A 16-year-old who needs an insulin pump once told Dr. Rachel Schreiber, an allergist/immunologist in Rockville, that his peanut allergy bothered him more than his diabetes. “He was always afraid of something hidden and surprising,” Schreiber says. After she started him on oral immunotherapy (OIT), a process of food desensitization that involves giving patients increasing doses of the food they’re allergic to (starting with miniscule amounts), the boy came to Schreiber’s office every other week for peanut flour, which he also took at home. Nine months after OIT began, he ate three peanut M&M’s.
“He went to the Montgomery County fair and he said, ‘I was stepping on peanut shells and I wasn’t scared,’ ” Schreiber, 48, says. “It’s these little things that you and I do every single day that scare patients with allergies and their families.”
Schreiber started offering OIT three years ago after parents kept asking if there was any option for their food-allergic children besides avoidance. “The idea is that it will give you protection if you have an accidental exposure. It’s not a cure,”Schreiber says. She offers OIT for peanuts, tree nuts, sesame, wheat, milk, eggs and soy. She tells parents that the treatment is intense, so it’s not for everyone. But when patients complete the process, she says, it’s exciting for all involved. “This really has changed our lives,” parents tell her.
Schreiber decided to become a doctor when she was an undergraduate at the University of Maryland, but medicine had made an impact on her years earlier. When Schreiber was 12, her mother was in a car accident and suffered a spinal cord injury. She spent three months in the hospital, went through lots of physical therapy, and is able to walk with leg braces and a cane. “I saw the power of medicine and the power of healing, and how that could really affect not only one person, but when one person is sick, their entire family’s affected,” Schreiber says. After med school at the University of Maryland in Baltimore, she completed her residency in internal medicine and a fellowship in allergy/immunology at the University of Pittsburgh.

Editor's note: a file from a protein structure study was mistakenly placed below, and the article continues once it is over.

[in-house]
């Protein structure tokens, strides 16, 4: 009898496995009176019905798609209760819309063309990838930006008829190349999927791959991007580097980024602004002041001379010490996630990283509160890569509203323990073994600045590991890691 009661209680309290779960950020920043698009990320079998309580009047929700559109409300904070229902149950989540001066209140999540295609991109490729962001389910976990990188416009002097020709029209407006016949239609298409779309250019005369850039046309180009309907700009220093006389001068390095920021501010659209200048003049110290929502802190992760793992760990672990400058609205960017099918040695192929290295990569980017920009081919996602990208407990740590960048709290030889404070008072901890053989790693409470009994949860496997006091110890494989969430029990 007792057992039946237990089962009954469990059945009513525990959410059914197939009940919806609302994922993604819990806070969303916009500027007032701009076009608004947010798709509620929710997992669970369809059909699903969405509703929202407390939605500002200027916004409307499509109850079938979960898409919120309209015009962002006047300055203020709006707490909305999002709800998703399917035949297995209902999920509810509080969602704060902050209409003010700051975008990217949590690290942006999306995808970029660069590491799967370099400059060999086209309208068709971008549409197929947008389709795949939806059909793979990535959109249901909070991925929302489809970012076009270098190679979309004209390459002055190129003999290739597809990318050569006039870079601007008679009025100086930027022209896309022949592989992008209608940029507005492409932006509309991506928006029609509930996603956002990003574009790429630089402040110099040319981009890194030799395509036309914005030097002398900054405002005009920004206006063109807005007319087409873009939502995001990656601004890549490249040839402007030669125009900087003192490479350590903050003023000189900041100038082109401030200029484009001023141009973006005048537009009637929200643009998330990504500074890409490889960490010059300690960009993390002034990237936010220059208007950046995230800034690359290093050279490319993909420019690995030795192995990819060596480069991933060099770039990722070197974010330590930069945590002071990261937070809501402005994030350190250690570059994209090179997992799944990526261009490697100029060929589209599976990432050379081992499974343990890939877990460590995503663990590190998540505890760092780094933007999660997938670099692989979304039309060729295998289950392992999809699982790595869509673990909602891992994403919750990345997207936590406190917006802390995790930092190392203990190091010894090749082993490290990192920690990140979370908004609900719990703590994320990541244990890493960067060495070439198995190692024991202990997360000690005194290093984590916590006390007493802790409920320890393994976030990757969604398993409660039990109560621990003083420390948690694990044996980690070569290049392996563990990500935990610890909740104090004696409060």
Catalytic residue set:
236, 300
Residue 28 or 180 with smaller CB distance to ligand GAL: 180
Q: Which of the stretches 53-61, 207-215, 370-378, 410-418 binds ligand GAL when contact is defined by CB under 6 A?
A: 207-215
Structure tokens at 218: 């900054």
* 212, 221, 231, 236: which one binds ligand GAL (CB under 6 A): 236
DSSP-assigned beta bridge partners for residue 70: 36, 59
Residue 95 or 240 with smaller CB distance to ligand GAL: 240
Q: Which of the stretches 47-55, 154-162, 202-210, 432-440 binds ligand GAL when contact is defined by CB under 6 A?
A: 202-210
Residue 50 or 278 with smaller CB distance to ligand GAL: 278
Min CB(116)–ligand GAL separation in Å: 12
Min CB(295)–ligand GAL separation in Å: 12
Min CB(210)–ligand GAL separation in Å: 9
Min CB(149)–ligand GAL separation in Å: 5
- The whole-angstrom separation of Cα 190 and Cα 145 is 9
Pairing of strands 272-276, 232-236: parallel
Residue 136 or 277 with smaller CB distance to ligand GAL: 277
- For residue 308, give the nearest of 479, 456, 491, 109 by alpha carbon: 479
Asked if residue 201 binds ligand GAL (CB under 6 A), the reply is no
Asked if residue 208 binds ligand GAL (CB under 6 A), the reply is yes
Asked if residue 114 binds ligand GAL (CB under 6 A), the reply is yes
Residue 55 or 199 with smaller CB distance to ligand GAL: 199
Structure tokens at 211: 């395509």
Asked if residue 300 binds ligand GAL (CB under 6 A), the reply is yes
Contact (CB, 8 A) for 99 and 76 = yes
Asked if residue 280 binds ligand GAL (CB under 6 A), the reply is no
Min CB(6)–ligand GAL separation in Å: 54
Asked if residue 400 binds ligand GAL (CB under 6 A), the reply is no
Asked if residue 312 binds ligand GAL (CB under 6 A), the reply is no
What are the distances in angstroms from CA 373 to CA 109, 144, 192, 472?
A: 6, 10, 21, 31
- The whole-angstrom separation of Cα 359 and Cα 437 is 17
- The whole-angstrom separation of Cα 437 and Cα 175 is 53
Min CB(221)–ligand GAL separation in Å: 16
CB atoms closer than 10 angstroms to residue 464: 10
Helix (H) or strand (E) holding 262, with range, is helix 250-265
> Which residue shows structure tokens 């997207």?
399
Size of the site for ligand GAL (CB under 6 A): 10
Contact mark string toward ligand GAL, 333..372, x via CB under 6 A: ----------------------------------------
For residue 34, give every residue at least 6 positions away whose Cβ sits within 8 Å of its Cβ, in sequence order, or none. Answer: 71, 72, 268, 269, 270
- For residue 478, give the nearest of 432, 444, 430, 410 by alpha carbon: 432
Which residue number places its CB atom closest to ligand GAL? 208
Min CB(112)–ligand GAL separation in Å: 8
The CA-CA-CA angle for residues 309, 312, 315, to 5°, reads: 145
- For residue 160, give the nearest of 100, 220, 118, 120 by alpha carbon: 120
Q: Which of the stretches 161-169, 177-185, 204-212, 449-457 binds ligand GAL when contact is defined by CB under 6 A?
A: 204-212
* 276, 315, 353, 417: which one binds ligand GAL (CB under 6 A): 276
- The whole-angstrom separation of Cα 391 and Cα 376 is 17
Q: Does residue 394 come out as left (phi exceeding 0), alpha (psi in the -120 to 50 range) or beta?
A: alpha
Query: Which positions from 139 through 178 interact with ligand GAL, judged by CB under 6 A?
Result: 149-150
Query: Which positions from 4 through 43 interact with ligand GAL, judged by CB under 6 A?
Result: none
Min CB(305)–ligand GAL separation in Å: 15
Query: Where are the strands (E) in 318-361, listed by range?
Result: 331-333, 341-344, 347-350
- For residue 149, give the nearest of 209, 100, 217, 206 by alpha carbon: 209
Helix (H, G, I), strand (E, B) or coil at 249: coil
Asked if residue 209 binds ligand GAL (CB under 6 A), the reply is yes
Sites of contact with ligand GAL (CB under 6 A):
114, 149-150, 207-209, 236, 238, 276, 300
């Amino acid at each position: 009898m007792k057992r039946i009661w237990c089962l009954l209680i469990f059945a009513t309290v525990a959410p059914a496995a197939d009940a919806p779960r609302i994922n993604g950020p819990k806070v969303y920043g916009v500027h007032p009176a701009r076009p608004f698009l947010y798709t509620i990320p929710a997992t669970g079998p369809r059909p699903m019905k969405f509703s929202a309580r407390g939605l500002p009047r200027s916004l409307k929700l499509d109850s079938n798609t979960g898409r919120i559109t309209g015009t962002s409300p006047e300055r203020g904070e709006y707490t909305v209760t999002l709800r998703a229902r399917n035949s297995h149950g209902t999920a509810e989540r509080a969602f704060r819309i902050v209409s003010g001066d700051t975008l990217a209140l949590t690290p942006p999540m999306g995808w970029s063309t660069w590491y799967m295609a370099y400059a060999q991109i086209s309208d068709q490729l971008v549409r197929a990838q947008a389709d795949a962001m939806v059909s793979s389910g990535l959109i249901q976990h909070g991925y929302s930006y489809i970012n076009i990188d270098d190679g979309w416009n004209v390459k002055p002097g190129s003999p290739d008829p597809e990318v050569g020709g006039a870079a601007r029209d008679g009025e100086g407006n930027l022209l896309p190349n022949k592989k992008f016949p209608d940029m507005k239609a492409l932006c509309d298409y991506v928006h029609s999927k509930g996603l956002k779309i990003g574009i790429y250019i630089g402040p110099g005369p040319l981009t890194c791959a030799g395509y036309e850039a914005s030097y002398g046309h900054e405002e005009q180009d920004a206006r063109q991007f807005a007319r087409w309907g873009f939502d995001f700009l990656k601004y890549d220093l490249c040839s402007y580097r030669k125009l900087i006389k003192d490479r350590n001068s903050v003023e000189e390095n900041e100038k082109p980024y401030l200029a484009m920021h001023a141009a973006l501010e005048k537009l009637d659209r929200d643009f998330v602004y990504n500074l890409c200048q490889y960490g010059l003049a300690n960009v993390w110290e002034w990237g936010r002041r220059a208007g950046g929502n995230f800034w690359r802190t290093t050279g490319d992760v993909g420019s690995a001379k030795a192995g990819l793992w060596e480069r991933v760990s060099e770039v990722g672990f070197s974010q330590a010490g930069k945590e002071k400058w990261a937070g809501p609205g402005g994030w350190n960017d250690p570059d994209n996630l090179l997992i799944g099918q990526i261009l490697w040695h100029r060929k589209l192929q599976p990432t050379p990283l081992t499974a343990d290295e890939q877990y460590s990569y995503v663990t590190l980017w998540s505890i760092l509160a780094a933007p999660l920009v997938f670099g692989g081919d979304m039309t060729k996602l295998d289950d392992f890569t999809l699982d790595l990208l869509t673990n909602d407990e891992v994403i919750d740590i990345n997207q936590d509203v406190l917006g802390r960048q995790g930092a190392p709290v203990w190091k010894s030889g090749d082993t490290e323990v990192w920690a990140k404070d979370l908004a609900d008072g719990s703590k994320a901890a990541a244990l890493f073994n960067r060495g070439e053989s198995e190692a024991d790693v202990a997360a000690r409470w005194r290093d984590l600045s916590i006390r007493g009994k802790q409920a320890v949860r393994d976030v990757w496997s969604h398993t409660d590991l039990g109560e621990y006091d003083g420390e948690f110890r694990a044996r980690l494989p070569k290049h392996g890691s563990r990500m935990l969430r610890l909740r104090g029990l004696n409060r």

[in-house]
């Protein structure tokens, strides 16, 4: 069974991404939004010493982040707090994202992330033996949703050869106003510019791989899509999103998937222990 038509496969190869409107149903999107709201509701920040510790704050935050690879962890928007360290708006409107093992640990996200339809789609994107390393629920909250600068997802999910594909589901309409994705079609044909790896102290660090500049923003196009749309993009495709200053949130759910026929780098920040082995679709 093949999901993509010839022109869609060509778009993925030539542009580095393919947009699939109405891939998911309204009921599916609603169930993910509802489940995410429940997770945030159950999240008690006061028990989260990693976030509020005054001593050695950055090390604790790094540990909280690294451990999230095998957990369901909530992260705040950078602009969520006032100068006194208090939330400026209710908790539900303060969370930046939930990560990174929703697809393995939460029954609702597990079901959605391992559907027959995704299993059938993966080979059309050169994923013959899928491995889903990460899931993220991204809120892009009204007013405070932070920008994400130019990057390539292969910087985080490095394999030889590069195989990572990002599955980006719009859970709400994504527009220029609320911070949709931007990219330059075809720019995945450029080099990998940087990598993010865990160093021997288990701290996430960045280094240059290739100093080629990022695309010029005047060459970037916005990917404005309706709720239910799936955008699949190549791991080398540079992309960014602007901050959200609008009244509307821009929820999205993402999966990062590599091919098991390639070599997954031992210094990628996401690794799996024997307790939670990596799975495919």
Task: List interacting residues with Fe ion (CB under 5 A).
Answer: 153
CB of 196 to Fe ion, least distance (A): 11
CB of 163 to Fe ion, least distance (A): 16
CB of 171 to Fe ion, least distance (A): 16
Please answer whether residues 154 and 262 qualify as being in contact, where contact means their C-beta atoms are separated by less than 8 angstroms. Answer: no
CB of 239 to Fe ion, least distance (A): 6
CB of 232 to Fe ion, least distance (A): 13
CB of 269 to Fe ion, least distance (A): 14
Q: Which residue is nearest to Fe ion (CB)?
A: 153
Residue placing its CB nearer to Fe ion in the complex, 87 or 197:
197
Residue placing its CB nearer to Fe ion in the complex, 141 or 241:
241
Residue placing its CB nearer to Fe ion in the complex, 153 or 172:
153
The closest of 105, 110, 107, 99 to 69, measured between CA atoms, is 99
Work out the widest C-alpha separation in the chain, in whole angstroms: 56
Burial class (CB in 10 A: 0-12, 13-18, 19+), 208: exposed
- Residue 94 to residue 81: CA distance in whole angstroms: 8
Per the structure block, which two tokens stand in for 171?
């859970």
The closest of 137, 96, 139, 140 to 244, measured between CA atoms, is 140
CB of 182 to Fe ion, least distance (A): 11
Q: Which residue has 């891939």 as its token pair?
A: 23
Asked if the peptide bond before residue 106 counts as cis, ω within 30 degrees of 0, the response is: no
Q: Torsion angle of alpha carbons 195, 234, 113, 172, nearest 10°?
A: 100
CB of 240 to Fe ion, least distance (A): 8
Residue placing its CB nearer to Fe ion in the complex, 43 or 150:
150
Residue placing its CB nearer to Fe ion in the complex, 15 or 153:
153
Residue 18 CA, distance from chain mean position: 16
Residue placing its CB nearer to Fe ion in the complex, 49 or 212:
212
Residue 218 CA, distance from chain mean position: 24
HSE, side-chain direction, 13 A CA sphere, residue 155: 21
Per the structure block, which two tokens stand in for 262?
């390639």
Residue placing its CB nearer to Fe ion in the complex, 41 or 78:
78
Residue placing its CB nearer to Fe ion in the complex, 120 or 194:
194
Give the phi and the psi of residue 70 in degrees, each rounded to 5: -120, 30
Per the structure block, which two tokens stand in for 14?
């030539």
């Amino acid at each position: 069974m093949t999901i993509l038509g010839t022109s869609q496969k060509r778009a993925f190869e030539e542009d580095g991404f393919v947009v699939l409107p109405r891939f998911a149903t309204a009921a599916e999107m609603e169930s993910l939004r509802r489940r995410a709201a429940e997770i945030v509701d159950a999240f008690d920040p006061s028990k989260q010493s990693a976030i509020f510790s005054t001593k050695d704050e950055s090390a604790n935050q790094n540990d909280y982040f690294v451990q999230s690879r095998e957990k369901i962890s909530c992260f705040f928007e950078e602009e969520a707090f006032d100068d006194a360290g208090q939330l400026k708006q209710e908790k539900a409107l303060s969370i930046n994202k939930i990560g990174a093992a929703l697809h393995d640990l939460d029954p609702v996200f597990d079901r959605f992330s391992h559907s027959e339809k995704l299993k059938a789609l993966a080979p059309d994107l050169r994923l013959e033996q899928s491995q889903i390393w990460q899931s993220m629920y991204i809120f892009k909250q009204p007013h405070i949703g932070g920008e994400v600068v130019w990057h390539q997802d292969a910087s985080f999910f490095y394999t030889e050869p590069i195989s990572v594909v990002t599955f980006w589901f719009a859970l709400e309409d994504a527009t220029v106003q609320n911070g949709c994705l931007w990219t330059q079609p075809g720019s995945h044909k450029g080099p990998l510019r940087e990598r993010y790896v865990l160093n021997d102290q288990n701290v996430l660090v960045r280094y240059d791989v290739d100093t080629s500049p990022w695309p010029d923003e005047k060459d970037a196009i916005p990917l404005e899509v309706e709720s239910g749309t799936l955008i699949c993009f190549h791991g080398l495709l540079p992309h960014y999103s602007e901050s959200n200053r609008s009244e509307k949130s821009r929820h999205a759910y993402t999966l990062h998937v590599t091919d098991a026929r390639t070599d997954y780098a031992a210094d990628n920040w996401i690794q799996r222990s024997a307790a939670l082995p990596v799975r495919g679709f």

She worked for practices in Pittsburgh and Montgomery County, then opened Schreiber Allergy five years ago. She and her husband, Dan, met as 12-year-olds at Charles E. Smith Jewish Day School in Rockville, then lost touch in college and reconnected at a high school reunion. They have two teenage sons. She see patients of all ages (about 60% are pediatric) for asthma and allergies, including environmental allergies, which she treats with allergy shots if other medications don’t work. If Schreiber thinks a patient has outgrown a food allergy, she has them do a “food challenge” at her office. As with OIT, there’s a risk of an allergic reaction, including anaphylaxis. “It’s something that we’re prepared to deal with, but it’s not something we ever want to have to deal with,” she says.
Schreiber often has to do some digging to find the right diagnosis. When a 13-year-old went into anaphylaxis at school, Schreiber learned that the episodes were happening in PE, and figured out that the girl was eating foods with wheat before the class. The diagnosis was wheat-dependent, exercise-induced anaphylaxis. “Sometimes my patients say to me, ‘You’re like a detective,’ ” Schreiber says.